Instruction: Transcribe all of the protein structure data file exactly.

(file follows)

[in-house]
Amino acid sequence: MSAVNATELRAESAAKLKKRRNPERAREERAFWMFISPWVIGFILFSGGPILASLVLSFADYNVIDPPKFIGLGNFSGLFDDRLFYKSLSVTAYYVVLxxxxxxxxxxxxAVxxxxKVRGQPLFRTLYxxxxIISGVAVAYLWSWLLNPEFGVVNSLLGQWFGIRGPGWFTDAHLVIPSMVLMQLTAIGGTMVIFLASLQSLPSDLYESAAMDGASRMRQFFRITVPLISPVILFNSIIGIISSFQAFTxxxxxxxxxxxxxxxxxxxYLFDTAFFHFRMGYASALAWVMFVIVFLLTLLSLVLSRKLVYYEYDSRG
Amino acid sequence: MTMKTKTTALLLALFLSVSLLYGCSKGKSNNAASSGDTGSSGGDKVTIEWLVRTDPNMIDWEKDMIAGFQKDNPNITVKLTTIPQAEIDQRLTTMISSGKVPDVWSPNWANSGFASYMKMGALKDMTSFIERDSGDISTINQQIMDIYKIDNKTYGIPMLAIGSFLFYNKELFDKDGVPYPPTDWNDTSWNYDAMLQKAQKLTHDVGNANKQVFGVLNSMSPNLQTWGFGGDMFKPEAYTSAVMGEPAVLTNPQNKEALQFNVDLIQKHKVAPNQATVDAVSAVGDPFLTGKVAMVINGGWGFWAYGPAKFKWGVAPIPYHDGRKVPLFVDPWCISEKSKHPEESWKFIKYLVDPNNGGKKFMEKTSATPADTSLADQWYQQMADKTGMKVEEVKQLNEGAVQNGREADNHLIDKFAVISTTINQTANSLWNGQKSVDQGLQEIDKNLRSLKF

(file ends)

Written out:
[in-house]
Amino acid sequence: MSAVNATELRAESAAKLKKRRNPERAREERAFWMFISPWVIGFILFSGGPILASLVLSFADYNVIDPPKFIGLGNFSGLFDDRLFYKSLSVTAYYVVLxxxxxxxxxxxxAVxxxxKVRGQPLFRTLYxxxxIISGVAVAYLWSWLLNPEFGVVNSLLGQWFGIRGPGWFTDAHLVIPSMVLMQLTAIGGTMVIFLASLQSLPSDLYESAAMDGASRMRQFFRITVPLISPVILFNSIIGIISSFQAFTxxxxxxxxxxxxxxxxxxxYLFDTAFFHFRMGYASALAWVMFVIVFLLTLLSLVLSRKLVYYEYDSRG
Amino acid sequence: MTMKTKTTALLLALFLSVSLLYGCSKGKSNNAASSGDTGSSGGDKVTIEWLVRTDPNMIDWEKDMIAGFQKDNPNITVKLTTIPQAEIDQRLTTMISSGKVPDVWSPNWANSGFASYMKMGALKDMTSFIERDSGDISTINQQIMDIYKIDNKTYGIPMLAIGSFLFYNKELFDKDGVPYPPTDWNDTSWNYDAMLQKAQKLTHDVGNANKQVFGVLNSMSPNLQTWGFGGDMFKPEAYTSAVMGEPAVLTNPQNKEALQFNVDLIQKHKVAPNQATVDAVSAVGDPFLTGKVAMVINGGWGFWAYGPAKFKWGVAPIPYHDGRKVPLFVDPWCISEKSKHPEESWKFIKYLVDPNNGGKKFMEKTSATPADTSLADQWYQQMADKTGMKVEEVKQLNEGAVQNGREADNHLIDKFAVISTTINQTANSLWNGQKSVDQGLQEIDKNLRSLKF